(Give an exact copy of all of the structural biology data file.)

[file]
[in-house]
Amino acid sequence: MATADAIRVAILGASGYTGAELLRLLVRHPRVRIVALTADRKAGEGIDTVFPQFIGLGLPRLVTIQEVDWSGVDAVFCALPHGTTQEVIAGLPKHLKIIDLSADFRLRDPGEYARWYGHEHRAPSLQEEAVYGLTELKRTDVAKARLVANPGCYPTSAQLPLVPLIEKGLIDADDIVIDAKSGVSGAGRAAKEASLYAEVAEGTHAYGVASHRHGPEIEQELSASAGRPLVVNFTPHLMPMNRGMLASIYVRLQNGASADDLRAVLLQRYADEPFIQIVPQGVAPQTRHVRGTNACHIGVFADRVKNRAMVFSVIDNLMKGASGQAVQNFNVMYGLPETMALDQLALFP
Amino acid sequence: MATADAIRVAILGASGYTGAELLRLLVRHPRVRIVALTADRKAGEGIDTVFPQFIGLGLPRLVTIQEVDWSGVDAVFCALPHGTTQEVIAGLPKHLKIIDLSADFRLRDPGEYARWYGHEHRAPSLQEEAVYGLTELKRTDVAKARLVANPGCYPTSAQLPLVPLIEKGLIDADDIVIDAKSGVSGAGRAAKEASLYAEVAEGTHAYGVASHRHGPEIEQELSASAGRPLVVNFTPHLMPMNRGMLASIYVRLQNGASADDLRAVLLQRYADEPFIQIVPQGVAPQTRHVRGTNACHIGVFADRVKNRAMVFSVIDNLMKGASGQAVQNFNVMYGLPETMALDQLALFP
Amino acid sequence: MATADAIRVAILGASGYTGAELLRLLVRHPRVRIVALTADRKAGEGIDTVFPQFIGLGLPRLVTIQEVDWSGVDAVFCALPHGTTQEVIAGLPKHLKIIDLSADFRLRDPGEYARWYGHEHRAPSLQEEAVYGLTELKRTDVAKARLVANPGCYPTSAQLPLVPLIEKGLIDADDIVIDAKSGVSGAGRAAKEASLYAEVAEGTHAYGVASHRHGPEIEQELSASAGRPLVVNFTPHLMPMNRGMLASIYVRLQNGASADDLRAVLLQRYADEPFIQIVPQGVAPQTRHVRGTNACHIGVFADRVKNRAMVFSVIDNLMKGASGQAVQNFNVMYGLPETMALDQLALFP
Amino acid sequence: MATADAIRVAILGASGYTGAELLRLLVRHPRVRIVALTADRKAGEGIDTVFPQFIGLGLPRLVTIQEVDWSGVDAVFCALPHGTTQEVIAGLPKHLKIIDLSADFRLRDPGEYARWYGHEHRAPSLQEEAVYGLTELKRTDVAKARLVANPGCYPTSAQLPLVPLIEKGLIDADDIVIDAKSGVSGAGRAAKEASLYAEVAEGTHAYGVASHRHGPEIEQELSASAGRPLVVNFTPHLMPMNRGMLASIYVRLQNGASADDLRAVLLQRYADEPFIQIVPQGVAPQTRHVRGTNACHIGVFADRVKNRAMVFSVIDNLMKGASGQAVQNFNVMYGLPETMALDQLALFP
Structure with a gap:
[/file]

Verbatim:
[in-house]
Amino acid sequence: MATADAIRVAILGASGYTGAELLRLLVRHPRVRIVALTADRKAGEGIDTVFPQFIGLGLPRLVTIQEVDWSGVDAVFCALPHGTTQEVIAGLPKHLKIIDLSADFRLRDPGEYARWYGHEHRAPSLQEEAVYGLTELKRTDVAKARLVANPGCYPTSAQLPLVPLIEKGLIDADDIVIDAKSGVSGAGRAAKEASLYAEVAEGTHAYGVASHRHGPEIEQELSASAGRPLVVNFTPHLMPMNRGMLASIYVRLQNGASADDLRAVLLQRYADEPFIQIVPQGVAPQTRHVRGTNACHIGVFADRVKNRAMVFSVIDNLMKGASGQAVQNFNVMYGLPETMALDQLALFP
Amino acid sequence: MATADAIRVAILGASGYTGAELLRLLVRHPRVRIVALTADRKAGEGIDTVFPQFIGLGLPRLVTIQEVDWSGVDAVFCALPHGTTQEVIAGLPKHLKIIDLSADFRLRDPGEYARWYGHEHRAPSLQEEAVYGLTELKRTDVAKARLVANPGCYPTSAQLPLVPLIEKGLIDADDIVIDAKSGVSGAGRAAKEASLYAEVAEGTHAYGVASHRHGPEIEQELSASAGRPLVVNFTPHLMPMNRGMLASIYVRLQNGASADDLRAVLLQRYADEPFIQIVPQGVAPQTRHVRGTNACHIGVFADRVKNRAMVFSVIDNLMKGASGQAVQNFNVMYGLPETMALDQLALFP
Amino acid sequence: MATADAIRVAILGASGYTGAELLRLLVRHPRVRIVALTADRKAGEGIDTVFPQFIGLGLPRLVTIQEVDWSGVDAVFCALPHGTTQEVIAGLPKHLKIIDLSADFRLRDPGEYARWYGHEHRAPSLQEEAVYGLTELKRTDVAKARLVANPGCYPTSAQLPLVPLIEKGLIDADDIVIDAKSGVSGAGRAAKEASLYAEVAEGTHAYGVASHRHGPEIEQELSASAGRPLVVNFTPHLMPMNRGMLASIYVRLQNGASADDLRAVLLQRYADEPFIQIVPQGVAPQTRHVRGTNACHIGVFADRVKNRAMVFSVIDNLMKGASGQAVQNFNVMYGLPETMALDQLALFP
Amino acid sequence: MATADAIRVAILGASGYTGAELLRLLVRHPRVRIVALTADRKAGEGIDTVFPQFIGLGLPRLVTIQEVDWSGVDAVFCALPHGTTQEVIAGLPKHLKIIDLSADFRLRDPGEYARWYGHEHRAPSLQEEAVYGLTELKRTDVAKARLVANPGCYPTSAQLPLVPLIEKGLIDADDIVIDAKSGVSGAGRAAKEASLYAEVAEGTHAYGVASHRHGPEIEQELSASAGRPLVVNFTPHLMPMNRGMLASIYVRLQNGASADDLRAVLLQRYADEPFIQIVPQGVAPQTRHVRGTNACHIGVFADRVKNRAMVFSVIDNLMKGASGQAVQNFNVMYGLPETMALDQLALFP
Structure with a gap: